The New York Times reported Feb. 6, 2015 that parents, teachers and toy-makers discourage girls from getting into math and science. I never saw myself as being particularly good in either subject and I try not to relay this to my daughter Torie. But I’ve been able to follow her fourth-grade assignments so far. Phew!
She still has taught me some interesting methods to finding the right answers. I love that she can do this. It’s very resourceful on her part. I try not to discourage her just because she does a math problem different from how I would do it — as long as she gets the correct answers and follows the homework instructions.
I will try my best to be supportive no matter what field Torie decides to go into: science, math, engineering, technology, writing, journalism, art, medicine, aviation, etc.
And to that end, I will try to set up a role model/mentor network for her. It will cover lots of different fields. I’ll start with people I know in our lives who can either sit down with Torie in person or virtually for a little bit and offer life lessons, best practices or just nuggets of 20/20 hindsight. At first, I was going to limit this to black women and then I thought that almost everyone — regardless of race, ethnicity or gender — has something to offer. Torie’s a sponge now and I want her to have a reinforced support system that can help her look at what possibilities are out there.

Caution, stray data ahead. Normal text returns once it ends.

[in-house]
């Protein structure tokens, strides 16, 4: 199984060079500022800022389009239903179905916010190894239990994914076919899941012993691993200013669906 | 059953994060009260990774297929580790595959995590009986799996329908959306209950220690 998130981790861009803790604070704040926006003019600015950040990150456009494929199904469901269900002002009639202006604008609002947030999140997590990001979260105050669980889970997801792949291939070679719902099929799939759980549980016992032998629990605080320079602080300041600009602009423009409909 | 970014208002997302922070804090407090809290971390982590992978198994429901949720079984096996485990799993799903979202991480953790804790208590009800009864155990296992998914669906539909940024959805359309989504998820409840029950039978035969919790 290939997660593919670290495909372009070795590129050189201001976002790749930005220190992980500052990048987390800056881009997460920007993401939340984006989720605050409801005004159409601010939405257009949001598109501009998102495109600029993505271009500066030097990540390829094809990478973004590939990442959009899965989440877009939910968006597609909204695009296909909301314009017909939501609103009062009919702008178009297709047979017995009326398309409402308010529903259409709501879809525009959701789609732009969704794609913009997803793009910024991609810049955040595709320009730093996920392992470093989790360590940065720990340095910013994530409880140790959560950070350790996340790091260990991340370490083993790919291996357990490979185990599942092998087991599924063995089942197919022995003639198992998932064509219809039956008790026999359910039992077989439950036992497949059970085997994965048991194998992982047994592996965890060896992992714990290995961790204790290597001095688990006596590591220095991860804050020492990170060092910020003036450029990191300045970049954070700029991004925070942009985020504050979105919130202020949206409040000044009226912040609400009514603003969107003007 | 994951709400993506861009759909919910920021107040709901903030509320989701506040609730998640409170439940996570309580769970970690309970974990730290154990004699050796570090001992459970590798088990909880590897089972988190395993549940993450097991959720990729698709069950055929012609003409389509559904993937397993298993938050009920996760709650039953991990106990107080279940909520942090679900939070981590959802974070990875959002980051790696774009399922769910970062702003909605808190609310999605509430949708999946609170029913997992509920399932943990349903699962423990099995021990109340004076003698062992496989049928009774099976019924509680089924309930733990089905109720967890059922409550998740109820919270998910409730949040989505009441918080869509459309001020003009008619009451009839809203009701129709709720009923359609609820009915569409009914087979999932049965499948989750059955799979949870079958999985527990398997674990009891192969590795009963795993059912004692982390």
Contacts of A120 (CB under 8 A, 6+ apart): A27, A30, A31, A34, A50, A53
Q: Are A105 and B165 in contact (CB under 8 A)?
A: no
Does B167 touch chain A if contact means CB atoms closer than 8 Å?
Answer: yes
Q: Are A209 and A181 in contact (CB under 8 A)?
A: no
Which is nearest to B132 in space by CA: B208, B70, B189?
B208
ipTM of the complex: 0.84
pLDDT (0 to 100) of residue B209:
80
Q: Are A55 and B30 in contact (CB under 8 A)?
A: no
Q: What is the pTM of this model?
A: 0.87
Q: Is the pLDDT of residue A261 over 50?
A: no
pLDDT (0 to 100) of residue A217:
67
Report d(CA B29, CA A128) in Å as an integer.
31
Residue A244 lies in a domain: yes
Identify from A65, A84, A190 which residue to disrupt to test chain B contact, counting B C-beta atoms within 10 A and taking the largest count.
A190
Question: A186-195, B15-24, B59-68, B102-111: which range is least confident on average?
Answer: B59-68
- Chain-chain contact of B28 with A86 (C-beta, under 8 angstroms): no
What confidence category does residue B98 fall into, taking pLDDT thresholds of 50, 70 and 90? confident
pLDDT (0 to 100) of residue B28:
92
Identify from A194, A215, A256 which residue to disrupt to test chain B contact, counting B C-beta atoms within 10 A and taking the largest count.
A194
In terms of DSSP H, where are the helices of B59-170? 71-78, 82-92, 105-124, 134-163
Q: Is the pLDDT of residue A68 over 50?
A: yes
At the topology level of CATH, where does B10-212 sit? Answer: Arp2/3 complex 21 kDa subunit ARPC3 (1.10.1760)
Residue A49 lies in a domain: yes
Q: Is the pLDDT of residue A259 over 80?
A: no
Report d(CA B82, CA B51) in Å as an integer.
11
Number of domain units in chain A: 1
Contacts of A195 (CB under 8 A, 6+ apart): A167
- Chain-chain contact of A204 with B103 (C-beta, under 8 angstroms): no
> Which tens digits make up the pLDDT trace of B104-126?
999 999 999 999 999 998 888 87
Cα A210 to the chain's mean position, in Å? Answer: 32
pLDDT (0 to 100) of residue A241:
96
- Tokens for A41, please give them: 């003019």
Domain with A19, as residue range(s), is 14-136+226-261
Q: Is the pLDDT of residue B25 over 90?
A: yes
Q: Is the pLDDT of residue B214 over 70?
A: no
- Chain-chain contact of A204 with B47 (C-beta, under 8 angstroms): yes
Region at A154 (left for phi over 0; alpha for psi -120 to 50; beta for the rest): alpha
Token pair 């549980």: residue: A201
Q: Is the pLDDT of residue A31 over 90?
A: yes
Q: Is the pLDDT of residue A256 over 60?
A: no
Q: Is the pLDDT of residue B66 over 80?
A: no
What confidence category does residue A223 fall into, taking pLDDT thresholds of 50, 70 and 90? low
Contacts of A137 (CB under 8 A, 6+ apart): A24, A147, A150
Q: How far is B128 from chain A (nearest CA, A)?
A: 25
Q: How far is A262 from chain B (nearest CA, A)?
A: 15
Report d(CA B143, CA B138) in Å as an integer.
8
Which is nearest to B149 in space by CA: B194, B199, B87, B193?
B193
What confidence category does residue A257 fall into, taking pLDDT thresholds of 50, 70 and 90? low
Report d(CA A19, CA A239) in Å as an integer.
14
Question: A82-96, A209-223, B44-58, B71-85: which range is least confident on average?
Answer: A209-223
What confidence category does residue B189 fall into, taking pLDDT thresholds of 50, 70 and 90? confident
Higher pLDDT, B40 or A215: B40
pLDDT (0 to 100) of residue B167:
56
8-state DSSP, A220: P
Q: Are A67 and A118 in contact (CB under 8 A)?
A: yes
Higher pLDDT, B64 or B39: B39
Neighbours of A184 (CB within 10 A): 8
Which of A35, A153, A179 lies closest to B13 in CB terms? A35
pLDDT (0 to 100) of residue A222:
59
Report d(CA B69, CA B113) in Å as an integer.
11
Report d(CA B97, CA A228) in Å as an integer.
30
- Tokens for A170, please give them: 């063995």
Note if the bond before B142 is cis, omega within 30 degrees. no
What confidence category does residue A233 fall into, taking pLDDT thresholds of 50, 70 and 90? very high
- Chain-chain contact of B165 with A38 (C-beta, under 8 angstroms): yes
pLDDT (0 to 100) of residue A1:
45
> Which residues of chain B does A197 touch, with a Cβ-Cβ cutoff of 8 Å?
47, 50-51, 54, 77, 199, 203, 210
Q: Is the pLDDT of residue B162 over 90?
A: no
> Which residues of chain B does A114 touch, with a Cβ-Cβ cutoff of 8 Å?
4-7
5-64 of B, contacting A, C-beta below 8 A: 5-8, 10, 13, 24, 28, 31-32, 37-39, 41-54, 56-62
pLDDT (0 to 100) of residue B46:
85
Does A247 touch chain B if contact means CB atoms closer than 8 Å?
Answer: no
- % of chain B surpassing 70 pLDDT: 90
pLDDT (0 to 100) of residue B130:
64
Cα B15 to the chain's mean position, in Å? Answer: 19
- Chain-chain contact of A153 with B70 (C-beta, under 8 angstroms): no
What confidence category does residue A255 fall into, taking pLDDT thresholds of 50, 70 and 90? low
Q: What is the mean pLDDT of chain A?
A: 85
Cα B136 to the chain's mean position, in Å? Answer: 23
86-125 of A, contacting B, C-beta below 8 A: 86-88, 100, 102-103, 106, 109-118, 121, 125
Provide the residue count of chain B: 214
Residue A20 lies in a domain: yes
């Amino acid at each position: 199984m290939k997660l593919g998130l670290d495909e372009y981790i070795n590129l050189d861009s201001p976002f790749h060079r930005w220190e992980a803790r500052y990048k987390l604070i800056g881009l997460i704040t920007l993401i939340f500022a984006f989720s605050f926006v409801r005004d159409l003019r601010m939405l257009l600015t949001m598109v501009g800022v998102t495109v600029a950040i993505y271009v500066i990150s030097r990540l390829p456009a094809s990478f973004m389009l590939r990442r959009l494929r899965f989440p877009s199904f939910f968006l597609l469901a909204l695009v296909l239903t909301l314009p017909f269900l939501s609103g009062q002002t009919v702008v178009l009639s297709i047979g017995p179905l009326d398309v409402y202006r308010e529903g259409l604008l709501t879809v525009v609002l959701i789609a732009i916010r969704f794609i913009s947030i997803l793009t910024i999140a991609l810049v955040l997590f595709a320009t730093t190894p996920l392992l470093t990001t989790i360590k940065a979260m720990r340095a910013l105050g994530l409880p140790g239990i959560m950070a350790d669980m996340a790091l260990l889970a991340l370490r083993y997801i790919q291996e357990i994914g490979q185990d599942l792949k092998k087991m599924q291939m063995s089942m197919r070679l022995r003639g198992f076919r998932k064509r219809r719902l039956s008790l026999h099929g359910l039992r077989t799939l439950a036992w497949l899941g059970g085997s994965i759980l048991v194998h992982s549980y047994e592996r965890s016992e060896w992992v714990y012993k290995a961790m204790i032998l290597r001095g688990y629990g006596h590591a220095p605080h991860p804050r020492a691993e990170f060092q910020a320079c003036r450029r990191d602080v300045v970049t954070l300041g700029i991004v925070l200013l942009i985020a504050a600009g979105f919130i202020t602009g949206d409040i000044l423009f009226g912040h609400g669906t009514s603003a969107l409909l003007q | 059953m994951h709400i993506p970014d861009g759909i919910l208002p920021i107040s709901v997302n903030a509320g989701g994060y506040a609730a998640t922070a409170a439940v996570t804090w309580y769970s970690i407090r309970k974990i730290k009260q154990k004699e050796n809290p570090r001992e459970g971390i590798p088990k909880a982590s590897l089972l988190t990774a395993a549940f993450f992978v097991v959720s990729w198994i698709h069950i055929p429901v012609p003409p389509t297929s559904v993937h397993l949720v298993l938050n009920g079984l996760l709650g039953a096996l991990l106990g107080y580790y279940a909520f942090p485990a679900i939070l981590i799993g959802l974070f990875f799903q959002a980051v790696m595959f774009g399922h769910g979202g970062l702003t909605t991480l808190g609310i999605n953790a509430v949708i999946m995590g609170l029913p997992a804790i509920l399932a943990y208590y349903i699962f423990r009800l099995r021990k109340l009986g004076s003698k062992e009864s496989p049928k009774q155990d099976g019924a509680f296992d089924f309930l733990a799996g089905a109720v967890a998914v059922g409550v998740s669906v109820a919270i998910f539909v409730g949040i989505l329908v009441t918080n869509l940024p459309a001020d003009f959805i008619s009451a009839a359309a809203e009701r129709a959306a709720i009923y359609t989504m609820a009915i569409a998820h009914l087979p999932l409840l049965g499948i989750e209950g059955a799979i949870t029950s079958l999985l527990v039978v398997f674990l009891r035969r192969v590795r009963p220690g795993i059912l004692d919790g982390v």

I’ve been around to various professional conventions and career fairs over the years. Some of the best tips that I’ve received have been useful for life in general: Sock away every raise, pay yourself first, become fluent in another language, fake it till you make it and become friends with the janitor (they know company secrets — it’s true.)
I can give these useful nuggets to Torie, but sometimes when it comes from someone else it gets hammered home better. So let’s start hammering 🙂